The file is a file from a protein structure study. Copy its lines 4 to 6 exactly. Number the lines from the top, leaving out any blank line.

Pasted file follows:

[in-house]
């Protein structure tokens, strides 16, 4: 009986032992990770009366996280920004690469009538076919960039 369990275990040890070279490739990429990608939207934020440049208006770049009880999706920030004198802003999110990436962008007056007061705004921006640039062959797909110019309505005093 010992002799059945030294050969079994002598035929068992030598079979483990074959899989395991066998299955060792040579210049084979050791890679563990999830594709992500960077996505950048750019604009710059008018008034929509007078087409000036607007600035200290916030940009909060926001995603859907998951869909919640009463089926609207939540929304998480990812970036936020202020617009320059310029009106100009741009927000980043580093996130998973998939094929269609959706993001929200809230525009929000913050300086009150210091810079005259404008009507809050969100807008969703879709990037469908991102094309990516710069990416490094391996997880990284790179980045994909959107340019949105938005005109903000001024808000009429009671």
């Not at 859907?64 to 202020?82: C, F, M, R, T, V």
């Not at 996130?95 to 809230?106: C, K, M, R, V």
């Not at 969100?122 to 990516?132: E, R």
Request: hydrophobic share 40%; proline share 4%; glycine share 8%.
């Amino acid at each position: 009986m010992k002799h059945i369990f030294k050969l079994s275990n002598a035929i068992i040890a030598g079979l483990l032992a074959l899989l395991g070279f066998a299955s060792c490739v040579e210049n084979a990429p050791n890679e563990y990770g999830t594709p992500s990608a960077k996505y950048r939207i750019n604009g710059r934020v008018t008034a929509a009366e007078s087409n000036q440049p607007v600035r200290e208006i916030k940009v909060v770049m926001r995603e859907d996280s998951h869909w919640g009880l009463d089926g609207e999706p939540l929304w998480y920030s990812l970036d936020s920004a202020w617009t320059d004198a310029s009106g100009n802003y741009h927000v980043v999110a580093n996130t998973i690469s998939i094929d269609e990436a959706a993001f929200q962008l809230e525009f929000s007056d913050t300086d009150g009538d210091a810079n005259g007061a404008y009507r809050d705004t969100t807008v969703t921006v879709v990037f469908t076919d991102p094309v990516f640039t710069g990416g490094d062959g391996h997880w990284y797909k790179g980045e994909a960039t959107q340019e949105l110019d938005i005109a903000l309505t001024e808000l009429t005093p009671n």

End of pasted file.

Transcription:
């Not at 996130?95 to 809230?106: C, K, M, R, V």
């Not at 969100?122 to 990516?132: E, R």
Request: hydrophobic share 40%; proline share 4%; glycine share 8%.